of us were gathering cattle north of Ceta Creek,” he began. “Paul,
my brother, was riding the hills, and drifting the cattle toward
the [Prairie Dog Town fork of the Red] river. I was working below,
and would gather the loose stuff and throw them into the main herd…farther
Christian heard his brother fire a shot about the same time he saw
a large black bear running off through the brush. He figured Paul
had only taken a pot shot at the animal for fun, and continued tending
to his business.
But when Christian returned to the herd, Paul was missing. When
his brother finally rode in, he held a squiring baby bear. Annoyed
with Jim for not checking on him after hearing the shot, Paul explained
that he had run onto a mother bear and two cubs. He decided to rope
one of the babies. Naturally, the mama bear put up a pretty good
fight until Paul’s shot ran her off with the other cub.
The ranch manager and everyone else took a shine to the cub and
collectively adopted him. The cowboys kept the bear chained to a
cottonwood tree near the camp’s rock well house.
“Blackie seemed contented enough, never wanting for food or entertainment,”
Christian continued. “The whole camp was beginning to feel very
attached to him, and then, about the third morning, we found he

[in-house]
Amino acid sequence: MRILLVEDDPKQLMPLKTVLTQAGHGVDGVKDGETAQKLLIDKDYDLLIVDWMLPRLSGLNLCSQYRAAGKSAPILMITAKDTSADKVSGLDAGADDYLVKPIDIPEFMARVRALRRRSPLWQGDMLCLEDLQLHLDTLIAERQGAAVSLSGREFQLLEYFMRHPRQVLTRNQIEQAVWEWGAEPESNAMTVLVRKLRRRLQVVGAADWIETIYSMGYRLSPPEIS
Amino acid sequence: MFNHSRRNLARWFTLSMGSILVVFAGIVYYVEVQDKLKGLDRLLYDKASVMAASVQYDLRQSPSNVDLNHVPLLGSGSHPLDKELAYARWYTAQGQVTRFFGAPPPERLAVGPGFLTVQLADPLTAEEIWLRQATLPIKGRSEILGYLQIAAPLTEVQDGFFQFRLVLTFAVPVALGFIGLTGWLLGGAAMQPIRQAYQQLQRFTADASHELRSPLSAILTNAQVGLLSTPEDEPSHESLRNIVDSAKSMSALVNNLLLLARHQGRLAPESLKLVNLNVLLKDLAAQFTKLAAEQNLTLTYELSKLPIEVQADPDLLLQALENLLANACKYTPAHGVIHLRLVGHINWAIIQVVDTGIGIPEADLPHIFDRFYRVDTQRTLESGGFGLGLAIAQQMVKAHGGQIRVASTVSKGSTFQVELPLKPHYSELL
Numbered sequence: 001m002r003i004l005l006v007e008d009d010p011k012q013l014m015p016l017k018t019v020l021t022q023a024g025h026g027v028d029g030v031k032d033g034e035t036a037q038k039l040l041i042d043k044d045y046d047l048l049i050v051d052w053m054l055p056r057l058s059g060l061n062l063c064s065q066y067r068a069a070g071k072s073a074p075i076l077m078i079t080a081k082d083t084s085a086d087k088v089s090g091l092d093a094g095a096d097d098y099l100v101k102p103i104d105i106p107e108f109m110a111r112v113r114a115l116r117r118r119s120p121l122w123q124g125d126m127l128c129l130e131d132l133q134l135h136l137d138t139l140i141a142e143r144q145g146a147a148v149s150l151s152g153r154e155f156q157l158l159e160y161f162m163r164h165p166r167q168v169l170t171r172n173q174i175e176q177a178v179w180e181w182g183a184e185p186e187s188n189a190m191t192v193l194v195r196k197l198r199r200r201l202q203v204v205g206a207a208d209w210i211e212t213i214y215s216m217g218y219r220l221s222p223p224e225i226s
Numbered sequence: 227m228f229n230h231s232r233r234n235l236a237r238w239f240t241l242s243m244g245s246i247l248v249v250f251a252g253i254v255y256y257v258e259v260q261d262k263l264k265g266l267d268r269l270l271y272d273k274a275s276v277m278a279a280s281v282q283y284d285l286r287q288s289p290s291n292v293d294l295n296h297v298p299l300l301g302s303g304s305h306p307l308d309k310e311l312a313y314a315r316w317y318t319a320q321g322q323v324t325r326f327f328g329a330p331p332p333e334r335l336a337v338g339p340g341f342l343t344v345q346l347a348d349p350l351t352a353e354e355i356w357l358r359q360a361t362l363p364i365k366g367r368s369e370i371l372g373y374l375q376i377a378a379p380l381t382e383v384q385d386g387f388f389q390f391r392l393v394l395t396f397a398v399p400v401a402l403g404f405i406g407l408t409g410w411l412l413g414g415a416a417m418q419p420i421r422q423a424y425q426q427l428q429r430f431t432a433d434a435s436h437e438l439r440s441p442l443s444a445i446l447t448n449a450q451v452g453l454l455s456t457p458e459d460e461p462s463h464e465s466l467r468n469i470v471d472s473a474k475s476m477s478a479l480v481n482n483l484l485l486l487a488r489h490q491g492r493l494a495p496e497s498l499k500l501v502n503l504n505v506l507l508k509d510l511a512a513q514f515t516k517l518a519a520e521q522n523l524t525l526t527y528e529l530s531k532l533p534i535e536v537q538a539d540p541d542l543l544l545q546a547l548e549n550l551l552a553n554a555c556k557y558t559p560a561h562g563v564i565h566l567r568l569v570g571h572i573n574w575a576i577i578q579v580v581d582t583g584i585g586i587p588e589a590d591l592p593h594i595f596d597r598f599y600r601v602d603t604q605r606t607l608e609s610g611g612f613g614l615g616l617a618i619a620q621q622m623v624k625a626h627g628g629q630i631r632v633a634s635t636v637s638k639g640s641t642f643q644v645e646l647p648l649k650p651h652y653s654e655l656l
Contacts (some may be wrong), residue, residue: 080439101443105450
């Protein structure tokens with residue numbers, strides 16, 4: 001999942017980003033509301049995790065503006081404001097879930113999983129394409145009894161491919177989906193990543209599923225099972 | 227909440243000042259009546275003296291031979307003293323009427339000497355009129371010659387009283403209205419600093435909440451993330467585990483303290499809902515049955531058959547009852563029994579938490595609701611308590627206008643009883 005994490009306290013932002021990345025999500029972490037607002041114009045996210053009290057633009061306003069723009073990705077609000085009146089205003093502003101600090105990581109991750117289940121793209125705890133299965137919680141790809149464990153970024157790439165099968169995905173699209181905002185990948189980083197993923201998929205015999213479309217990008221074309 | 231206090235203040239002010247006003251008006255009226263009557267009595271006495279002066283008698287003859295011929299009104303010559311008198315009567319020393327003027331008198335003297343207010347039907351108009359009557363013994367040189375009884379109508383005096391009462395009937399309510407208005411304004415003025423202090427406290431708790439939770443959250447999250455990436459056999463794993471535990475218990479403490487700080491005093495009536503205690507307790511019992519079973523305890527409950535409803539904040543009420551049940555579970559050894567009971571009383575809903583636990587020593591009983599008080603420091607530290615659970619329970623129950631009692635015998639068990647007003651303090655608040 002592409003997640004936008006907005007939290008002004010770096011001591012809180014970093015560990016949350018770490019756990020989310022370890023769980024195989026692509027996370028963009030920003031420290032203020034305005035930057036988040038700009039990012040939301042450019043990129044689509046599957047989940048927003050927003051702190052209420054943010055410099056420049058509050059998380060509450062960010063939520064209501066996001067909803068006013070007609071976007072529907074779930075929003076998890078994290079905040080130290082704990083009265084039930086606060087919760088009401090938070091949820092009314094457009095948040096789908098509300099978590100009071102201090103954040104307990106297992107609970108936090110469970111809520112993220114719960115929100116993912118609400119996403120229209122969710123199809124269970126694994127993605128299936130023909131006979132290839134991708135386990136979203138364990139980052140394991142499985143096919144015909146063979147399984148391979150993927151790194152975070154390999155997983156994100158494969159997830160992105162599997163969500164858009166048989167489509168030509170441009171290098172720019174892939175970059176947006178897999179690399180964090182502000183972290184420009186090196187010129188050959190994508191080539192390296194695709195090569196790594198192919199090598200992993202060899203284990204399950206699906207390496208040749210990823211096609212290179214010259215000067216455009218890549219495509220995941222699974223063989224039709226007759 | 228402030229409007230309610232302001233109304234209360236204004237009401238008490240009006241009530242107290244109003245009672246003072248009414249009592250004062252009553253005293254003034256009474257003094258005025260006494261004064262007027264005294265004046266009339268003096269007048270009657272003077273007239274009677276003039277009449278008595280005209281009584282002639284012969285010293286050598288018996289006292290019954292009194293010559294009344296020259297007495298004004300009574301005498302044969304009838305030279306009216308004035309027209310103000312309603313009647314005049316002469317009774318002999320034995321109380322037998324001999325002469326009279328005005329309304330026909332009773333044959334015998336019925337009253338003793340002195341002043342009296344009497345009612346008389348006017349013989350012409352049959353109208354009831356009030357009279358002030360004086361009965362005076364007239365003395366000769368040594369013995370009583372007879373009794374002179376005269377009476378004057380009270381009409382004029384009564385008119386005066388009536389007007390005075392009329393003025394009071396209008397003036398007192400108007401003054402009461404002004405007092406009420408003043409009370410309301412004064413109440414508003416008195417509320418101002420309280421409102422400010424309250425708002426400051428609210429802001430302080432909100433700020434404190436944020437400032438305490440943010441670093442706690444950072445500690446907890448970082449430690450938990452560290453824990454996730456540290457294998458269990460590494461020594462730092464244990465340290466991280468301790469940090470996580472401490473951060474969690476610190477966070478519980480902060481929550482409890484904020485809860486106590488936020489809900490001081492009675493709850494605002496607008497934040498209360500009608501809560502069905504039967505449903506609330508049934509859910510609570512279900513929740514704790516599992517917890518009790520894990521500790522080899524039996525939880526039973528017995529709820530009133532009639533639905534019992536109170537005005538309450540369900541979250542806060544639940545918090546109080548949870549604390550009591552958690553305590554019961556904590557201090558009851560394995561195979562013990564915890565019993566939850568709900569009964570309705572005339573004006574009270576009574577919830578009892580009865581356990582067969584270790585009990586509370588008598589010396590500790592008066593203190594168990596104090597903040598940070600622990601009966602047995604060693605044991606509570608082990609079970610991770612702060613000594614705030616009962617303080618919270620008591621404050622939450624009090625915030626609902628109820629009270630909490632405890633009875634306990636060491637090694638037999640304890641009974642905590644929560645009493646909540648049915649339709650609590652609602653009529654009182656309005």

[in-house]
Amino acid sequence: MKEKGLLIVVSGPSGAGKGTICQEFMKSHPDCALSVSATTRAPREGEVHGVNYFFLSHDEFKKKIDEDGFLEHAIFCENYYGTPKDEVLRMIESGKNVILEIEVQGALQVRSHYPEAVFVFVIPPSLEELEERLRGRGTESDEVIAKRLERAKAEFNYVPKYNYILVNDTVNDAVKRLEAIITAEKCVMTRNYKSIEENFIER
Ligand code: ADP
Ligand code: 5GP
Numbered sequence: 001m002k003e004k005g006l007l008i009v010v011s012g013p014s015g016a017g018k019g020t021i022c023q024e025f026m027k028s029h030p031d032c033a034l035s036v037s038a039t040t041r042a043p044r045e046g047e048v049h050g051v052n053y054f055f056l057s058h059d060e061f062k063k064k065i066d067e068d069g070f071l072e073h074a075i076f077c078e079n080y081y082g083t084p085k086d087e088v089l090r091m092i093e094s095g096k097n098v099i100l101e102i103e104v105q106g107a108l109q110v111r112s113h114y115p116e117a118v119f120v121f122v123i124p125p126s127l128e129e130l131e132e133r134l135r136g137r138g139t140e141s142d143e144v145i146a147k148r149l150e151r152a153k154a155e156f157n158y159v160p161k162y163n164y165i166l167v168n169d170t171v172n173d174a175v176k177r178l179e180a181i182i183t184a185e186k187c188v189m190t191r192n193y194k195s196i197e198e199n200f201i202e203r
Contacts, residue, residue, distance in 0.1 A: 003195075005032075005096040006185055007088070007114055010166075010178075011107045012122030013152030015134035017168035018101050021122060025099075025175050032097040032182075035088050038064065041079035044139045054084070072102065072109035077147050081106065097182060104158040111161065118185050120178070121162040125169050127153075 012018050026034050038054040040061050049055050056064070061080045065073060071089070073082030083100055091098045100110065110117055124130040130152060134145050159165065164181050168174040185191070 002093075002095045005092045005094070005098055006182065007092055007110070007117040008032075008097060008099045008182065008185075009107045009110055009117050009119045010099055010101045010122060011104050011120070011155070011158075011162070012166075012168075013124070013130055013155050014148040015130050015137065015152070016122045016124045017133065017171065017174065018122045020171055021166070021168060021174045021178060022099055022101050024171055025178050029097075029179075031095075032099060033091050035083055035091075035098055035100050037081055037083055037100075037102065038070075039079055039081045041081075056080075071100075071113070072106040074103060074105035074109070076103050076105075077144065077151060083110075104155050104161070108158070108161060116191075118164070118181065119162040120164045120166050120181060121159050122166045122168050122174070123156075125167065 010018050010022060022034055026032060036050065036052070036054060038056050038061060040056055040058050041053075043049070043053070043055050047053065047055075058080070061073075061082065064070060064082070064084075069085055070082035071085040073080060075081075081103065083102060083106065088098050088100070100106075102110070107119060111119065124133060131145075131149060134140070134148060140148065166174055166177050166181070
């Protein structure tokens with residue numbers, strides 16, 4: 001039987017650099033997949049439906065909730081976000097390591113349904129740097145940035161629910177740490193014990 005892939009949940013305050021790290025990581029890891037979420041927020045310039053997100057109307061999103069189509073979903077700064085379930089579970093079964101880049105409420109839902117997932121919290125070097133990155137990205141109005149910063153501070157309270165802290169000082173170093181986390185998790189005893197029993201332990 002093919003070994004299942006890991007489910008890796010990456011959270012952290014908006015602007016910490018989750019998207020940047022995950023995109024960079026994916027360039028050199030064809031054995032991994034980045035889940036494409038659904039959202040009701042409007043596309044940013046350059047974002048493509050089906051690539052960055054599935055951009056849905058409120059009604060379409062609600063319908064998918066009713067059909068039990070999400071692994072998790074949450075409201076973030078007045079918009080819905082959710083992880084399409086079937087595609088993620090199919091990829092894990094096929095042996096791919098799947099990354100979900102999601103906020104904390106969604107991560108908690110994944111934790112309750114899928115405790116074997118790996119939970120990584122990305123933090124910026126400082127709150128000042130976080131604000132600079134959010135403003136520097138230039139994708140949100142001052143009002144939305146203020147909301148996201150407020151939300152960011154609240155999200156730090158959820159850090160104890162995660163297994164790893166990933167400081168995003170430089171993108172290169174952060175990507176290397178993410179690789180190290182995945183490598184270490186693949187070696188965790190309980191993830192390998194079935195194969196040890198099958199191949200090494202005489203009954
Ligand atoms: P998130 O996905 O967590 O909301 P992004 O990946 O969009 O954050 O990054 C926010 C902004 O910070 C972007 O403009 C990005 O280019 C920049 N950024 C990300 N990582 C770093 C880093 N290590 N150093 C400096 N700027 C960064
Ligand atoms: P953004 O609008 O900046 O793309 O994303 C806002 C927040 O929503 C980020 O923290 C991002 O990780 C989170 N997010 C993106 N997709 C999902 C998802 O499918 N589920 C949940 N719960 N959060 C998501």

Several days later, the cub showed back up content to be rechained
as long as the groceries kept coming. But after several months,
the cowboys gave the bear to the owner of their favorite watering
hole in Claude,
along the line, the bear got named Blackie. Though tame, one trait
he never overcame was occasionally slipping his chain and going
for a walkabout. His favorite home away from home was the local
hotel, where he became the nemisis of a middleaged widow named Nellie
One morning, Blackie absented himself from Scarborough’s saloon
and ambled over to the hotel. There he ran into Mrs. Weaver walking
back from the barn with a fresh pail of milk.
“This was as gratifying a breakfast as he could imagine,” Christian
said. “But on raising his nose to the bucket he found it held higher
and higher. He was not to be denied, however, and he started climbing
the indignant lady…. Needless to say, he came out victorious.”
While Blackie had a robust appetite, he also enjoyed a refreshing
dip in the rain barrel just outside the hotel’s dining room. Drinking
water was not easy to come by back then, and Blackie’s fondness
for her rain barrel infuriated Mrs. Weaver.
One day, cooking lunch for her guests, Mrs. Weaver heard water splashing
and realized Blackie in her rain barrel again. Armed with a broom,
she ran outside and flailed away at Blackie every time he raised
his head above the rim.
“After churning out most of the water,” former JA cowboy Charlie
Taul remembered, “[Blackie] darted out of the barrel and around
the [hotel], sending a spray of water in the pathway of his pursuer.
Noticing the front door ajar, he dodged in and on down the hall
through the dining room, and then out the open window…into the rain
Habits are hard to break, however, and Blackie continued to periodically
get loose for a romp around town. One time, a dog kept him on the
run so long that he died from heat exhaustion.
“His pranks were the interest of the village and countryside,” Christian
concluded, “and even the hotel manager could not help pine at his
© Mike Cox
"Texas Tales" March
28, 2012 column
Animal Tales | Texas